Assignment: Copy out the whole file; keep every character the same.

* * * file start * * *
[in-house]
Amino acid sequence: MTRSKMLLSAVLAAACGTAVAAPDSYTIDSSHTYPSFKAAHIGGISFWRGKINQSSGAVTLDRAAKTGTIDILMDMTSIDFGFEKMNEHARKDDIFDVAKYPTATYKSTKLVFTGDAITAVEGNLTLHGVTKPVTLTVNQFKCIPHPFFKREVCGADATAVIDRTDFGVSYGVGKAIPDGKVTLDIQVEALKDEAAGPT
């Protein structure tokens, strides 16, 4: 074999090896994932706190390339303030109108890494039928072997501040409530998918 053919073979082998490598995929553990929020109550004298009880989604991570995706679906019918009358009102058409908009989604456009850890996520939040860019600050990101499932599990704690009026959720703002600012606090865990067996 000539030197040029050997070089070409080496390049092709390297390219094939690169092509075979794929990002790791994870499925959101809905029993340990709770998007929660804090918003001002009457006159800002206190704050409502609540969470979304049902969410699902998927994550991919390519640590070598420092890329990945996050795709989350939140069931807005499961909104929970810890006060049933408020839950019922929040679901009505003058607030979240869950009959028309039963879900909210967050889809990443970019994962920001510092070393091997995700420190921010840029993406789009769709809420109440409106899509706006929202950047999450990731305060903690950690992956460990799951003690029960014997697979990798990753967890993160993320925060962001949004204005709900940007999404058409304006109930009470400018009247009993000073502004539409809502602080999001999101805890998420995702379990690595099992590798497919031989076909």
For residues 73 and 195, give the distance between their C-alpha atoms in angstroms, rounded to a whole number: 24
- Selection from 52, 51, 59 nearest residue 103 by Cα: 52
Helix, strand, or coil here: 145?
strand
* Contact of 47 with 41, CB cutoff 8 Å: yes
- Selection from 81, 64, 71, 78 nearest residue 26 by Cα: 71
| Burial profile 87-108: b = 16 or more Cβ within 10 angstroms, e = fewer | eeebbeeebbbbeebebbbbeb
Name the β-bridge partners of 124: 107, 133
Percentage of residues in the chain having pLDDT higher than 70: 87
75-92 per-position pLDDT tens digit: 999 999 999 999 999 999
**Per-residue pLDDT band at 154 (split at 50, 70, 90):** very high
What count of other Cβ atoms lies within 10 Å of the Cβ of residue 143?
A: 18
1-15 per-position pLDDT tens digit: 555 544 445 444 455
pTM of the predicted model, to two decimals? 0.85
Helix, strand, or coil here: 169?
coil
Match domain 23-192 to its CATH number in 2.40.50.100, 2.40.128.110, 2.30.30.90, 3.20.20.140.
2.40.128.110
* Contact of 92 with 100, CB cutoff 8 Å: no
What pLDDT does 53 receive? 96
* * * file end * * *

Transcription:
[in-house]
Amino acid sequence: MTRSKMLLSAVLAAACGTAVAAPDSYTIDSSHTYPSFKAAHIGGISFWRGKINQSSGAVTLDRAAKTGTIDILMDMTSIDFGFEKMNEHARKDDIFDVAKYPTATYKSTKLVFTGDAITAVEGNLTLHGVTKPVTLTVNQFKCIPHPFFKREVCGADATAVIDRTDFGVSYGVGKAIPDGKVTLDIQVEALKDEAAGPT
């Protein structure tokens, strides 16, 4: 074999090896994932706190390339303030109108890494039928072997501040409530998918 053919073979082998490598995929553990929020109550004298009880989604991570995706679906019918009358009102058409908009989604456009850890996520939040860019600050990101499932599990704690009026959720703002600012606090865990067996 000539030197040029050997070089070409080496390049092709390297390219094939690169092509075979794929990002790791994870499925959101809905029993340990709770998007929660804090918003001002009457006159800002206190704050409502609540969470979304049902969410699902998927994550991919390519640590070598420092890329990945996050795709989350939140069931807005499961909104929970810890006060049933408020839950019922929040679901009505003058607030979240869950009959028309039963879900909210967050889809990443970019994962920001510092070393091997995700420190921010840029993406789009769709809420109440409106899509706006929202950047999450990731305060903690950690992956460990799951003690029960014997697979990798990753967890993160993320925060962001949004204005709900940007999404058409304006109930009470400018009247009993000073502004539409809502602080999001999101805890998420995702379990690595099992590798497919031989076909």
For residues 73 and 195, give the distance between their C-alpha atoms in angstroms, rounded to a whole number: 24
- Selection from 52, 51, 59 nearest residue 103 by Cα: 52
Helix, strand, or coil here: 145?
strand
* Contact of 47 with 41, CB cutoff 8 Å: yes
- Selection from 81, 64, 71, 78 nearest residue 26 by Cα: 71
| Burial profile 87-108: b = 16 or more Cβ within 10 angstroms, e = fewer | eeebbeeebbbbeebebbbbeb
Name the β-bridge partners of 124: 107, 133
Percentage of residues in the chain having pLDDT higher than 70: 87
75-92 per-position pLDDT tens digit: 999 999 999 999 999 999
**Per-residue pLDDT band at 154 (split at 50, 70, 90):** very high
What count of other Cβ atoms lies within 10 Å of the Cβ of residue 143?
A: 18
1-15 per-position pLDDT tens digit: 555 544 445 444 455
pTM of the predicted model, to two decimals? 0.85
Helix, strand, or coil here: 169?
coil
Match domain 23-192 to its CATH number in 2.40.50.100, 2.40.128.110, 2.30.30.90, 3.20.20.140.
2.40.128.110
* Contact of 92 with 100, CB cutoff 8 Å: no
What pLDDT does 53 receive? 96